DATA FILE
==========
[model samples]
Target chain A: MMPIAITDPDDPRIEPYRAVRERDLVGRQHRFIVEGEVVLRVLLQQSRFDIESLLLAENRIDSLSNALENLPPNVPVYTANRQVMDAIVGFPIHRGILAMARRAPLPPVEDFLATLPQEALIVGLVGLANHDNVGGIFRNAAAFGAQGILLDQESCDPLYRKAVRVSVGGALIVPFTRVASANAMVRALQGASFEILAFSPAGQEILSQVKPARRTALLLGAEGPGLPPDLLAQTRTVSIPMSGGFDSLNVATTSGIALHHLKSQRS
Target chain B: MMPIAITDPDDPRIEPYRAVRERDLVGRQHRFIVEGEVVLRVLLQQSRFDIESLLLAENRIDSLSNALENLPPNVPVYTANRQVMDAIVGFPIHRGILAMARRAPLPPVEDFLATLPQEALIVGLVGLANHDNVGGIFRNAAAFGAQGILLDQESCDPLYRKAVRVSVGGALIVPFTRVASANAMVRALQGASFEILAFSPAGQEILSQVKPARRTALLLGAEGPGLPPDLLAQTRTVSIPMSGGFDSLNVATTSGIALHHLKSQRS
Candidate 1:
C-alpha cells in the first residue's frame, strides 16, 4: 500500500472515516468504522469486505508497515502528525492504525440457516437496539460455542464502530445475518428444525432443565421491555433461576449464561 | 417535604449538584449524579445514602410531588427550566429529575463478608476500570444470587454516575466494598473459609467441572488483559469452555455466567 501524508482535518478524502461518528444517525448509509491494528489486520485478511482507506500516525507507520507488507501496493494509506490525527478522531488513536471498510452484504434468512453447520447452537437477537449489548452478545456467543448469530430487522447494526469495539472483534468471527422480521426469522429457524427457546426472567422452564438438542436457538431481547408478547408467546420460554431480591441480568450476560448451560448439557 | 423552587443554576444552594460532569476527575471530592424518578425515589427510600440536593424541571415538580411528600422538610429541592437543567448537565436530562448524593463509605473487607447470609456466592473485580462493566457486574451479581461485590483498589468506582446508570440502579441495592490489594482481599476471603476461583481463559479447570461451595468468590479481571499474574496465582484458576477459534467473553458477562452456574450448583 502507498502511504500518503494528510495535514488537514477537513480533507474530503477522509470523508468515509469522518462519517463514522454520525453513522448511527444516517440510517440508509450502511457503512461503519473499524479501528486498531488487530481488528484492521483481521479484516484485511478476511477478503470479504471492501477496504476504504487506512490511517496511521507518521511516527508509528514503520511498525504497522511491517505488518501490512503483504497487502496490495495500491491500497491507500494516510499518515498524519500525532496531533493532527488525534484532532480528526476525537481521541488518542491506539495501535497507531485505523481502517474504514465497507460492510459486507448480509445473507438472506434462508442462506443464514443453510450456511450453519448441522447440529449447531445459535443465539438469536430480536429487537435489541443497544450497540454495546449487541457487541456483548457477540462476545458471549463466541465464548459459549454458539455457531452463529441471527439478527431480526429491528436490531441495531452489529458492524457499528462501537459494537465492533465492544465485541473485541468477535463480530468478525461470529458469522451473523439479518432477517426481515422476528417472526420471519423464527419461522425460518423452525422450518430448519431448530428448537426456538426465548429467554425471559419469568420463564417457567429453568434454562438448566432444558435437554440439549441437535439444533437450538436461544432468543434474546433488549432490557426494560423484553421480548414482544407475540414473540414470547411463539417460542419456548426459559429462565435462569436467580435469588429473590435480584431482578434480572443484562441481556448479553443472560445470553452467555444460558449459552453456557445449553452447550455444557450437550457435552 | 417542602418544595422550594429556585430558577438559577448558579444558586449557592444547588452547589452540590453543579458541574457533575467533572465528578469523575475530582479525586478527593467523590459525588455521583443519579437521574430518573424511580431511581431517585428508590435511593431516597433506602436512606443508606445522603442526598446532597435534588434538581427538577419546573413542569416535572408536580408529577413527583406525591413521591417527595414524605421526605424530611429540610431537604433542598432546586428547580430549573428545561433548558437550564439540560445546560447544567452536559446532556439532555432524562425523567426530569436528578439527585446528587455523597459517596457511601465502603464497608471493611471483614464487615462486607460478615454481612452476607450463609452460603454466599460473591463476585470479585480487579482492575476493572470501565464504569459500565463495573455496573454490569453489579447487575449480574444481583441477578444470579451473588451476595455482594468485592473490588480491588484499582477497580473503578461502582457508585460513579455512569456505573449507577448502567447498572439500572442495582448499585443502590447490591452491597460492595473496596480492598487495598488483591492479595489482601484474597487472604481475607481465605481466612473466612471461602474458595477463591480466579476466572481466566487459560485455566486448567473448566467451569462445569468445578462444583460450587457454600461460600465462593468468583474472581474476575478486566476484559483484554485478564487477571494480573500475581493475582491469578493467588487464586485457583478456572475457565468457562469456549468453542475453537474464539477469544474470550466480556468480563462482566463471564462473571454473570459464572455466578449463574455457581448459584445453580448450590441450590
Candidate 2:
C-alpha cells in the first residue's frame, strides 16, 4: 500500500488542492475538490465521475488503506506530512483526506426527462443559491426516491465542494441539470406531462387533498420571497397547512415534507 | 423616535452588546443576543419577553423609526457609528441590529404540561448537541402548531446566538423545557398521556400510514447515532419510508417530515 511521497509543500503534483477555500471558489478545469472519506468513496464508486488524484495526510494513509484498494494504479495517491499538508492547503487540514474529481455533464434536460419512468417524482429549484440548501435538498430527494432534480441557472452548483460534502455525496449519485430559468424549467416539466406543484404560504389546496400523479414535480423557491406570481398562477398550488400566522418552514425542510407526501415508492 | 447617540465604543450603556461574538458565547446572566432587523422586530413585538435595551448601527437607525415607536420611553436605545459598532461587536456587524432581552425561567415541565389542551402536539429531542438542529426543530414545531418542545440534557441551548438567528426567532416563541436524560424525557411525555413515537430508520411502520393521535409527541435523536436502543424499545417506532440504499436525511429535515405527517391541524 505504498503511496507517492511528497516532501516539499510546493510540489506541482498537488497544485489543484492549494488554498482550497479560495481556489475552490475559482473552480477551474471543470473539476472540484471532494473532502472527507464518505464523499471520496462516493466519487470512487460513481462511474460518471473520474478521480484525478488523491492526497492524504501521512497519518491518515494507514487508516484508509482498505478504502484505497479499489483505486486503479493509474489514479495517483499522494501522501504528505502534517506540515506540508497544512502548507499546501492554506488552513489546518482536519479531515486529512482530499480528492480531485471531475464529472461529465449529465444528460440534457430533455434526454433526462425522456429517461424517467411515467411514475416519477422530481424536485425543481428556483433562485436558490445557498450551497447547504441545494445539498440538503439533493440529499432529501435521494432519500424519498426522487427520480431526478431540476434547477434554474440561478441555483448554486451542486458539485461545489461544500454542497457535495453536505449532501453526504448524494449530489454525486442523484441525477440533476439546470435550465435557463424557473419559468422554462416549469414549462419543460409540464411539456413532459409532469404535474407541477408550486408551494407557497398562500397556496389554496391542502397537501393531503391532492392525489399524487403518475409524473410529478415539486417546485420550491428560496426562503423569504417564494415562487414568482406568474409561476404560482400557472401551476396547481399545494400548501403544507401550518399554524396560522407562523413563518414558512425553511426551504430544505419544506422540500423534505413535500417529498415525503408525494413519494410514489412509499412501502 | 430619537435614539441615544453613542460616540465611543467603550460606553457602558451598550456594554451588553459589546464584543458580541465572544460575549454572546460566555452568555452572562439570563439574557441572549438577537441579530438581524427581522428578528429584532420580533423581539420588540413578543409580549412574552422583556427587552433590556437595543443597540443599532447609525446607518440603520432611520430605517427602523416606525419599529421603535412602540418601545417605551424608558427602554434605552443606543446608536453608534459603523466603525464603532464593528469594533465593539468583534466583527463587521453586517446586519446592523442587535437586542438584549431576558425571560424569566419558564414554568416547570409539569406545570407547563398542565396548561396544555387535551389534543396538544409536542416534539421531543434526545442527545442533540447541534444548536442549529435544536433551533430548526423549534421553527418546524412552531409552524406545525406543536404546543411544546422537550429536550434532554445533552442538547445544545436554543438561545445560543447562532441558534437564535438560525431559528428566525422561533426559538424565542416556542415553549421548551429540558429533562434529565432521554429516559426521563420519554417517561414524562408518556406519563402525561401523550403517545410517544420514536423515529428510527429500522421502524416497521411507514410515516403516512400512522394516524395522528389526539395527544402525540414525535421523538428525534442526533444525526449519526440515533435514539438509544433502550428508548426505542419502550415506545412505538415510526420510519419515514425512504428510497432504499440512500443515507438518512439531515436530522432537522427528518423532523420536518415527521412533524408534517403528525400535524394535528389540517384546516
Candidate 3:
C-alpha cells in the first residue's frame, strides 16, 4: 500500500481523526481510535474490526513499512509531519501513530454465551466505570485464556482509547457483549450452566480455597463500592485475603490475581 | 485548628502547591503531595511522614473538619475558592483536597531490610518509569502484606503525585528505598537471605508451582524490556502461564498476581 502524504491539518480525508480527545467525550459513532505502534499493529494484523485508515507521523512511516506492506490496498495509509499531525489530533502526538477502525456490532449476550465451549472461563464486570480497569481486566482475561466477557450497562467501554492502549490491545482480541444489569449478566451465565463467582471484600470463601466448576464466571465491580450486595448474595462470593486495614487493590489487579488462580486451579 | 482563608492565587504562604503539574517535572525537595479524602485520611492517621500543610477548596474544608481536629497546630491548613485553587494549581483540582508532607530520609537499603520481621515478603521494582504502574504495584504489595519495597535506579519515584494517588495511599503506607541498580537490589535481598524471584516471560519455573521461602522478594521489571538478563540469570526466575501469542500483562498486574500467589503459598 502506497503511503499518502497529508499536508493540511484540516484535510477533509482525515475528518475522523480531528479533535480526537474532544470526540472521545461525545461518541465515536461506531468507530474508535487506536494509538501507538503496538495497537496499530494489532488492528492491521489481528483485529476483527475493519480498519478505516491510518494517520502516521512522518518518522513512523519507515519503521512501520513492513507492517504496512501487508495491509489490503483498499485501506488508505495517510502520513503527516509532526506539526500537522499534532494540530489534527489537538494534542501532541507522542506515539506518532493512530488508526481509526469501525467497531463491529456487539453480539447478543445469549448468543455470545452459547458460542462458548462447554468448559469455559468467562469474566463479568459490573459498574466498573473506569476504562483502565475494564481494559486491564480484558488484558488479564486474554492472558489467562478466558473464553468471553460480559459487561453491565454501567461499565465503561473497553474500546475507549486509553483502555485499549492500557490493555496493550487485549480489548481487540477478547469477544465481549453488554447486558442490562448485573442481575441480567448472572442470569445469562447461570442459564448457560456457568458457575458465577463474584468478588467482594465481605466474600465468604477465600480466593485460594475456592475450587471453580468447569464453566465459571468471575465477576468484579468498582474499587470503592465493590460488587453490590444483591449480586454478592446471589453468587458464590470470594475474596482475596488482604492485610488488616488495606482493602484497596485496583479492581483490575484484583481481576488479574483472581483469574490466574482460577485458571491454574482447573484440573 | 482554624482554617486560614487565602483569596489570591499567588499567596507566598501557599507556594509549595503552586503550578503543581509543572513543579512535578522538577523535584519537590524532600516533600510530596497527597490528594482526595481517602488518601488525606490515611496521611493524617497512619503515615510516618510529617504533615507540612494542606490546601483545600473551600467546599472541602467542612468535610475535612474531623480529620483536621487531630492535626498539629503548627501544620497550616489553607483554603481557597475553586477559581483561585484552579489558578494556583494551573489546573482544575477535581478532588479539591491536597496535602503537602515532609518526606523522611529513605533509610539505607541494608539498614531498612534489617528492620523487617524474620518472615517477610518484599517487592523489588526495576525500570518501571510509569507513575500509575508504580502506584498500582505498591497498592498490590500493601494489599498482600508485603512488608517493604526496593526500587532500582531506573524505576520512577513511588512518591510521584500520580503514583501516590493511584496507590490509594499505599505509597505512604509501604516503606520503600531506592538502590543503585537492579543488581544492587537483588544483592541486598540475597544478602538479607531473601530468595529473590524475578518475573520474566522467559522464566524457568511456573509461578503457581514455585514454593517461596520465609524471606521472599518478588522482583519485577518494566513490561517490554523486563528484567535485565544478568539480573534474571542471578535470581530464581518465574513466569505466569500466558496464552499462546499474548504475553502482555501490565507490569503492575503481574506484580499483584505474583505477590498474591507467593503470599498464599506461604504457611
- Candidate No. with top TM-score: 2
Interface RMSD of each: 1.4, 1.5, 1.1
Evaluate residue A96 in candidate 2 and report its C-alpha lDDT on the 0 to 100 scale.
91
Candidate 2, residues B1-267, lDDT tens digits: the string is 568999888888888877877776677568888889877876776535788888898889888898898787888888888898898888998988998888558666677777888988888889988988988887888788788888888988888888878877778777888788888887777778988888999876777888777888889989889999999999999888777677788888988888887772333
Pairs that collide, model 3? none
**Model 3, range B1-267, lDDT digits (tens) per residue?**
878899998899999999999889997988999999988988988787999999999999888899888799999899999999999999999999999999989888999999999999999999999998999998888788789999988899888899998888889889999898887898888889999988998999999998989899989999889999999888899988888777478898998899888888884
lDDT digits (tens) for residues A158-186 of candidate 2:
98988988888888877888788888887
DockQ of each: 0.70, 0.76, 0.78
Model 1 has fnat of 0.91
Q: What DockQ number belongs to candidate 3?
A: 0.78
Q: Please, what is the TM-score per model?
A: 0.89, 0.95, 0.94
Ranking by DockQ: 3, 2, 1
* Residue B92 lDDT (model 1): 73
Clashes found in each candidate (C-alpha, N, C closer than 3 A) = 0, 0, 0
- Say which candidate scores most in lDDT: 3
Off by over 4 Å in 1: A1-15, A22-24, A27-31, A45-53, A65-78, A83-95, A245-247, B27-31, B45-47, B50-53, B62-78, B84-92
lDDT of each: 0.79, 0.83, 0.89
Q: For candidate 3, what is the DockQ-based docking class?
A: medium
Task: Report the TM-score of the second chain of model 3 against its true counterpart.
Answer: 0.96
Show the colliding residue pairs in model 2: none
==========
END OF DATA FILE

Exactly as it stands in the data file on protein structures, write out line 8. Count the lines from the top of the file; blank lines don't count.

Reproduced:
Candidate 3: